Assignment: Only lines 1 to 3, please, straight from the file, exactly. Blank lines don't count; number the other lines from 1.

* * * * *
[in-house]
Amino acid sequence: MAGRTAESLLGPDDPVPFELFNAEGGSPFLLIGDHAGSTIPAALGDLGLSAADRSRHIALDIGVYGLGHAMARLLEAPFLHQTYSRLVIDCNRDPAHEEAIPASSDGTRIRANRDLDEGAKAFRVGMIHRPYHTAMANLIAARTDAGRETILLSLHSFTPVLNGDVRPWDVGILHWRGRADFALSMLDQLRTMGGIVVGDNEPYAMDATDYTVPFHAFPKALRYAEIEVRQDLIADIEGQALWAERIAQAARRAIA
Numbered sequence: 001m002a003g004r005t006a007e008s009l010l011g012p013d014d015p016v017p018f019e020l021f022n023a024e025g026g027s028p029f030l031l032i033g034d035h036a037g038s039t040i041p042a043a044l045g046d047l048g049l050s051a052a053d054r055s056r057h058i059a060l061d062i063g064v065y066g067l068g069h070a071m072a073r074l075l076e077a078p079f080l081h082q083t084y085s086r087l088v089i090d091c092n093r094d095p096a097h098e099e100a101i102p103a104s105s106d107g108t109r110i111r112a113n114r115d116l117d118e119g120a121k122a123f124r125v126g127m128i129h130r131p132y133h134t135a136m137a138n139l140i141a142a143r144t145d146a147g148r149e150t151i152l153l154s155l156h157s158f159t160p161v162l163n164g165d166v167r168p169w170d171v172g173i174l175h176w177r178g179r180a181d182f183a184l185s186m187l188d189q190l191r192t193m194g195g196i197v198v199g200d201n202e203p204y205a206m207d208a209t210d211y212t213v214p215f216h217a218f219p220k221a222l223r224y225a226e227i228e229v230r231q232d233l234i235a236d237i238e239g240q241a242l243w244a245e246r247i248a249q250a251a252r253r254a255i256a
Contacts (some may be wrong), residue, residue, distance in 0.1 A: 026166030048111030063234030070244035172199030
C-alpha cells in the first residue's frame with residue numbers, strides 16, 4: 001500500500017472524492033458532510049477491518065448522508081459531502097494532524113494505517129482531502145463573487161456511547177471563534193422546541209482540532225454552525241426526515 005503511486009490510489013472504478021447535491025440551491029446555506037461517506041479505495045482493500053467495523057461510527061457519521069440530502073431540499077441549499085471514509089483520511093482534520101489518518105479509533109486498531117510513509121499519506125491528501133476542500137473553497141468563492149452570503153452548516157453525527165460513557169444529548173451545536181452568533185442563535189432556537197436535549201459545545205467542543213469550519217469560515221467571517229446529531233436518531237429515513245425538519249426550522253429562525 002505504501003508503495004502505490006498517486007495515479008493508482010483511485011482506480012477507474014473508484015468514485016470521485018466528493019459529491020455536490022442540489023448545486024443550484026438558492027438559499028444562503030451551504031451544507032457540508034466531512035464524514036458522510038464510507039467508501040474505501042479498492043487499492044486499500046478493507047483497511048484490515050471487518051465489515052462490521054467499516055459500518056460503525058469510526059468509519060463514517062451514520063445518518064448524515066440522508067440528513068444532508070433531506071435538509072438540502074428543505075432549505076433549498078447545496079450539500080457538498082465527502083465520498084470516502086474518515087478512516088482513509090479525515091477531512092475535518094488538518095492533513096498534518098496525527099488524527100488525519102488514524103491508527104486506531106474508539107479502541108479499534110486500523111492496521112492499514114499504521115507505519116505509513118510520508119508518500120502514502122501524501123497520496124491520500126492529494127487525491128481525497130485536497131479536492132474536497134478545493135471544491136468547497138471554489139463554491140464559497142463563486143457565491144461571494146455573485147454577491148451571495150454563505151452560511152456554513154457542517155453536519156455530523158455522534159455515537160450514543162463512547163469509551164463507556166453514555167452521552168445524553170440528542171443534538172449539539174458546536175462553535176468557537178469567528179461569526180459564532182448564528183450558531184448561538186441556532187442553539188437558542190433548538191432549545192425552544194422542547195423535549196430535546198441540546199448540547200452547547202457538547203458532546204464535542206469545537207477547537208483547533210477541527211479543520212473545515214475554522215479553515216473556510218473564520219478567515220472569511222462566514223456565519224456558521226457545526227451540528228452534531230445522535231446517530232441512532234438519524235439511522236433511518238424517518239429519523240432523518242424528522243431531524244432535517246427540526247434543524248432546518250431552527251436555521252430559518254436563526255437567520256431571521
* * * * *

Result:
[in-house]
Amino acid sequence: MAGRTAESLLGPDDPVPFELFNAEGGSPFLLIGDHAGSTIPAALGDLGLSAADRSRHIALDIGVYGLGHAMARLLEAPFLHQTYSRLVIDCNRDPAHEEAIPASSDGTRIRANRDLDEGAKAFRVGMIHRPYHTAMANLIAARTDAGRETILLSLHSFTPVLNGDVRPWDVGILHWRGRADFALSMLDQLRTMGGIVVGDNEPYAMDATDYTVPFHAFPKALRYAEIEVRQDLIADIEGQALWAERIAQAARRAIA
Numbered sequence: 001m002a003g004r005t006a007e008s009l010l011g012p013d014d015p016v017p018f019e020l021f022n023a024e025g026g027s028p029f030l031l032i033g034d035h036a037g038s039t040i041p042a043a044l045g046d047l048g049l050s051a052a053d054r055s056r057h058i059a060l061d062i063g064v065y066g067l068g069h070a071m072a073r074l075l076e077a078p079f080l081h082q083t084y085s086r087l088v089i090d091c092n093r094d095p096a097h098e099e100a101i102p103a104s105s106d107g108t109r110i111r112a113n114r115d116l117d118e119g120a121k122a123f124r125v126g127m128i129h130r131p132y133h134t135a136m137a138n139l140i141a142a143r144t145d146a147g148r149e150t151i152l153l154s155l156h157s158f159t160p161v162l163n164g165d166v167r168p169w170d171v172g173i174l175h176w177r178g179r180a181d182f183a184l185s186m187l188d189q190l191r192t193m194g195g196i197v198v199g200d201n202e203p204y205a206m207d208a209t210d211y212t213v214p215f216h217a218f219p220k221a222l223r224y225a226e227i228e229v230r231q232d233l234i235a236d237i238e239g240q241a242l243w244a245e246r247i248a249q250a251a252r253r254a255i256a